Only 14% say there are political arguments at Thanksgiving celebrations
There will be political arguments around some Thanksgiving dinners this year, but not for most of those who celebrate the day. Their arguments may be more about who gets white meat and who gets the dark meat, at least according to the latest Economist/YouGov Poll. Just 14% of those who celebrate the holiday (90% of Americans say they do) admit there are ever political arguments at their dinner table.
Perhaps Americans learn how not to argue with age: those under the age of 45 are three times as likely as those 65 and older to report political arguments. But there isn’t that much difference between Democrats and Republicans when it comes to expecting arguments.
That doesn’t mean there isn’t political disagreement around the dining table. It just may come without arguments. 29% say that the people they spend Thanksgiving with mostly agree with them about politics. 43% say people mostly disagree, or that there is both agreement and disagreement when it comes to politics. But most say they just won’t discuss politics. A majority of both Democrats and Republicans (and even more independents) say they don’t discuss politics at Thanksgiving. There is more political talk in the West than in any other region.
For most, Thanksgiving is a time for sharing with others: 59% say they and their family invite people who might otherwise be alone on Thanksgiving to share their meal (women do this more than men do, and this is a bipartisan effort).
88% of Americans are thankful this year, and they are six times as likely to call themselves thankful than less thankful when they compare this year to last year. Thankfulness increases with age: 97% of those 65 and older are thankful, compared with 78% of those under 30. But most celebrants keep what they are thankful for to themselves; only one in four announce what they are thankful for at the Thanksgiving dinner table.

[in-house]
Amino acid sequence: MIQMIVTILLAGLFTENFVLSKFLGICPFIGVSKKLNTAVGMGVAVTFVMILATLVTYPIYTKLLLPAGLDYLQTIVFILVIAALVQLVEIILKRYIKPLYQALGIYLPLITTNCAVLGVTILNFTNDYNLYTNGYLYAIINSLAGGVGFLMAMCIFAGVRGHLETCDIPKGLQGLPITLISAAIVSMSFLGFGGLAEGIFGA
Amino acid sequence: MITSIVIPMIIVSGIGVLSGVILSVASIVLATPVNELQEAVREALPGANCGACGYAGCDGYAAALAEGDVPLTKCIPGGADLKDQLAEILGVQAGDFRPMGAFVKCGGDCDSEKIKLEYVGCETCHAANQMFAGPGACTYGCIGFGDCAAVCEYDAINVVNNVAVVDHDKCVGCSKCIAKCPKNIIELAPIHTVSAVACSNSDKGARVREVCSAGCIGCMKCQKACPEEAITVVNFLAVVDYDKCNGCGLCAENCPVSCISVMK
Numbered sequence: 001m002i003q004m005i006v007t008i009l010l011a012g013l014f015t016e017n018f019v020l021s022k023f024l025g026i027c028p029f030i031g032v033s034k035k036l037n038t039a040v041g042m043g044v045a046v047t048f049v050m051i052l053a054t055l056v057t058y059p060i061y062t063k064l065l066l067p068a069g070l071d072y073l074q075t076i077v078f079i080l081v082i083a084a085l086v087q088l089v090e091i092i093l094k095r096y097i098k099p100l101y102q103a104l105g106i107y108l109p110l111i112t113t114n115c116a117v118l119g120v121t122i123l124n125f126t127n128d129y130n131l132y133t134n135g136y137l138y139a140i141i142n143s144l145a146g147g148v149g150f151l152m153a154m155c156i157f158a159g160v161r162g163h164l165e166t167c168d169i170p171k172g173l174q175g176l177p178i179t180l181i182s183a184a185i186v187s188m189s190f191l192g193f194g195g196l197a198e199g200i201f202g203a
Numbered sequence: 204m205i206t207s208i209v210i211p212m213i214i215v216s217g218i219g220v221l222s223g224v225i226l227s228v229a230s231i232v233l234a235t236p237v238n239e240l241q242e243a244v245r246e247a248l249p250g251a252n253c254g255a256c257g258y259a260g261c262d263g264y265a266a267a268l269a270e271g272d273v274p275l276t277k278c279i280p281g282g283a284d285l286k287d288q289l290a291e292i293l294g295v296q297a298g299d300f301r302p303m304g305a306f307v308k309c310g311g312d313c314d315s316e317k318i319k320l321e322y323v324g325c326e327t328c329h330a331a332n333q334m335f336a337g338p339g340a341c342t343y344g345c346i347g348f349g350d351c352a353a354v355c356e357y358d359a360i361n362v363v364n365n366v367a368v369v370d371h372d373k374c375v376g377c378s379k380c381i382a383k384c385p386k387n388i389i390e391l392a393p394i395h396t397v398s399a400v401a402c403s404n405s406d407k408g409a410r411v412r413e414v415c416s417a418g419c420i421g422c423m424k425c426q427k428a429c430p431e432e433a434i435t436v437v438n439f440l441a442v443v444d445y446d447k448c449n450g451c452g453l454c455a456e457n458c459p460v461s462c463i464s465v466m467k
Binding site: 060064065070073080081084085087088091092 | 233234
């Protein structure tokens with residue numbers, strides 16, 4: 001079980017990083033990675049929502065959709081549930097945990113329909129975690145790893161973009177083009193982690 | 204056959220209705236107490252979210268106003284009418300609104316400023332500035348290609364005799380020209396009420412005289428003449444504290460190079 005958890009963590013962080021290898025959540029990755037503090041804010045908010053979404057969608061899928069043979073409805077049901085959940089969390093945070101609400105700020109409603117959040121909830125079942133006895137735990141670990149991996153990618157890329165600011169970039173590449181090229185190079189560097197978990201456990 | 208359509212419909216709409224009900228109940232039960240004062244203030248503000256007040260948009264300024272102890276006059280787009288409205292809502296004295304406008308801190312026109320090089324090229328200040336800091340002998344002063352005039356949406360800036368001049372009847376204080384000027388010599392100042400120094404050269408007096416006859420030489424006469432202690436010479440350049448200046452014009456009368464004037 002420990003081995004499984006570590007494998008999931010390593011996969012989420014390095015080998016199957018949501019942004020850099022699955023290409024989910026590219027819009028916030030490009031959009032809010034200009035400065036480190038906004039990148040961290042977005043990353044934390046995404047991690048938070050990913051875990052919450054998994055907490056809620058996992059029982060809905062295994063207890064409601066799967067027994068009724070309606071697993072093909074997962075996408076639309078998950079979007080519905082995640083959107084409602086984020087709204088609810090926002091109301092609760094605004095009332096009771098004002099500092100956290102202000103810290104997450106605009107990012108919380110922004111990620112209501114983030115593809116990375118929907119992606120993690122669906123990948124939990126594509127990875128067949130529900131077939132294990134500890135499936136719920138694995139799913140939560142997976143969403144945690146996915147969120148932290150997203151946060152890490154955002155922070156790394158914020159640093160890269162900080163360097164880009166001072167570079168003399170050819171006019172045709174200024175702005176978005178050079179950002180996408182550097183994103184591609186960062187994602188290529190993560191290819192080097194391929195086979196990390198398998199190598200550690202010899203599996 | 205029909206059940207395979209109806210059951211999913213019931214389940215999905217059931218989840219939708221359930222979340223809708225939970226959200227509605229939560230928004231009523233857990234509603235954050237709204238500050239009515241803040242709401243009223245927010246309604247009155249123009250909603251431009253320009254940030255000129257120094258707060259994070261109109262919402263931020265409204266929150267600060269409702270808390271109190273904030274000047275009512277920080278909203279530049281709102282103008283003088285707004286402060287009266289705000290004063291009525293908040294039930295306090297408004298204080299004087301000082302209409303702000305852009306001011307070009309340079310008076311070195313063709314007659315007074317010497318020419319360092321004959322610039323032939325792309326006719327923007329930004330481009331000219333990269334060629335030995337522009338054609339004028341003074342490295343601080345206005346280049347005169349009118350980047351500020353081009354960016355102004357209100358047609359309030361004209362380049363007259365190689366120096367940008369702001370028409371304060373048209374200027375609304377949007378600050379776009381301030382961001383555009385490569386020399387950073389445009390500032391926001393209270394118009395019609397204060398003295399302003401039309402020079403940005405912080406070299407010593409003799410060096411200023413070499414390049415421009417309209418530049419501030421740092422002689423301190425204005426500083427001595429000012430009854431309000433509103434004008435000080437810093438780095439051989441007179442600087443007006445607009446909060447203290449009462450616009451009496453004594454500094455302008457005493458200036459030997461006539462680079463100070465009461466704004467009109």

Politics still matters when it comes to being thankful this year, though not as much as it did in 2016. In fact, both more Republicans and more Democrats say they are thankful this year than were thankful in 2016, just after the presidential election in which Donald Trump defeated Hillary Clinton. This year, just 6% of Democrats say they are less thankful than they were last year; in 2016, 19% of Democrats said that. More Republicans than Democrats now, as they did in 2016, say they are more thankful than before. But the gap has narrowed.
Both parties may have found something in the midterm election results to be thankful for.
One reason that politics may take a back seat at Thanksgiving is that many Americans are occupied with sports that day. One in three (39% of men and 27% of women) will be watching football (and half of that group will be watching during dinner). That certainly helps take the focus away from politics.
But Thanksgiving is also about eating. And there are almost no political differences when it comes to what to eat. White meat is more popular than dark meat by more than two to one, among Republicans, Democrats and independents. About a third say they like them both, but there will be competition for the finite amount of white meat on a typical turkey.
Very few respondents say they don’t eat turkey. In fact, just 5% of adults call themselves vegetarians, and another 2% are vegans. There are more in the Northeast than in any other region and more under the age of 30 than in any other age group. Overall, 7% say they used to be vegetarian or vegan at one time, but are no longer.
By two to one, Americans like cranberry sauce – and Americans prefer the canned variety. Only in the West is cranberry sauce made fresh as popular as canned.
Sweet potatoes do split the parties: Republicans are evenly divided on whether they like their sweet potatoes with or without marshmallows, while Democrats prefer them without. There are regional differences here, too. Northeasterners are more likely than those elsewhere to favor sweet potatoes without the marshmallows.